Asian shares fell on Thursday following a dismal day on Wall Street, while crude oil futures gave back some of their overnight gains after jumping on an unexpected fall in U.S. crude inventories.

MSCI's broadest index of Asia-Pacific shares outside Japan fell 0.2 percent in early trading, in the wake of the worst day for U.S. share markets since February, following downbeat quarterly retail reports.

All of the 10 major S&P 500 sectors fell except for utilities, which gained 0.24 percent.

Japan's Nikkei stock index percent skidded 0.9 percent.

Crude oil futures were lower in Asian trading after getting a lift when the U.S. government unexpectedly said crude inventories fell for the first time since March. 

U.S. crude slipped 0.8 percent to $45.85 per barrel after adding 3.5 percent on Wednesday. Brent crude LCOc1 shed 0.8 percent to $47.22 after settling up 4.6 percent overnight and gaining 4.3 percent in the previous session.

"At this point, investors see oil extending its rally as a sign of improvement in global growth," said Jennifer Vail, head of fixed-income research at U.S. Bank Wealth Management in Portland, Oregon.

But the weak retail reports offset any lift in sentiment, she said. In light of the murky economic outlook, U.S. Federal Reserve policymakers remain concerned about whether the market could stomach another interest rate hike.

"They (the Fed) really want to raise the policy rate so that they have some flexibility should the domestic economy need it, but given this highly unusual slow-growth environment, it's been difficult for there to be clear signals that it can digest policy normalization," Vail said.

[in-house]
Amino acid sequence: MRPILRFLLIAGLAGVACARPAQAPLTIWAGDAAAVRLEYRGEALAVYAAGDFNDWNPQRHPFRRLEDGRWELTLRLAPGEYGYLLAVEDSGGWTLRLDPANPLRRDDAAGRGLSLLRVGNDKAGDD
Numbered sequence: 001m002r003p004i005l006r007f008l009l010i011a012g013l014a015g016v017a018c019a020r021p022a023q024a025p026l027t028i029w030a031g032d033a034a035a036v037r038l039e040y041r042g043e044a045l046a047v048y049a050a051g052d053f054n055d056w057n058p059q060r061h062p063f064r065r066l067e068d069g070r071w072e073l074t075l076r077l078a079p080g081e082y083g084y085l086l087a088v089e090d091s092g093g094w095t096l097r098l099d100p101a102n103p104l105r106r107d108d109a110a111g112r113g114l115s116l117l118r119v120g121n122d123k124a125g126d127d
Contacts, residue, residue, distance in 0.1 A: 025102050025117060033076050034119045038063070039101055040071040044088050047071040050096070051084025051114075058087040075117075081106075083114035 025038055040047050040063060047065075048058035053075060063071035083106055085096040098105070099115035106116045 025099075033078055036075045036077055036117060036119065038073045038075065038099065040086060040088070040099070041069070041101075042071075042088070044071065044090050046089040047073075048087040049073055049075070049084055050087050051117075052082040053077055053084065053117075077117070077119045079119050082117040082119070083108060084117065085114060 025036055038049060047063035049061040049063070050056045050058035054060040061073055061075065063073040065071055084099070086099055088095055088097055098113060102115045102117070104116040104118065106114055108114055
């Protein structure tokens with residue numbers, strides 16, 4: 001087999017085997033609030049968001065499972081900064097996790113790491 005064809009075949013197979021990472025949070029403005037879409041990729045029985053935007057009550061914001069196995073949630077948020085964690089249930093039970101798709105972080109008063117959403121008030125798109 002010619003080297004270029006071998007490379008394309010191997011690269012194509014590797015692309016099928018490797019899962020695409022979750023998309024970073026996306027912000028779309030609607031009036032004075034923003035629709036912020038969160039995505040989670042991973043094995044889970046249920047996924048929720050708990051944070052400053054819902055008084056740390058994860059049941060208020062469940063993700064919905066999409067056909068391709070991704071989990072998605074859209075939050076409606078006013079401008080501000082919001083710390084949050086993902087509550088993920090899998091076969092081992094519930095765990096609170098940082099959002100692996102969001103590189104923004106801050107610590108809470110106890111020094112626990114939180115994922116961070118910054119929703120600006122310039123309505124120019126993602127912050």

Wall Street's top banks now see the U.S. central bank's next hike coming in September, according to a Reuters survey conducted on Friday after a weaker-than-expected rise in U.S. payrolls.

Later on Thursday, the Bank of England is expected to say that its nine Monetary Policy Committee members voted to keep rates on hold at a record low of 0.5 percent, where they have remained for more than seven years.

BOE Governor Mark Carney will tread carefully back into Britain's debate on whether to leave the European Union, when he sets out the central bank's latest forecasts.

The dollar index, which tracks the greenback against a basket of six other currencies, was steady at 93.836, but remained below a two-week high of 94.356 set on Wednesday as investors took profits on the U.S. currency's recent gains.

The euro was steady at $1.1426, while the dollar edged down 0.1 percent to 108.30 yen. It had notched a two-week high of 109.37 yen on Wednesday.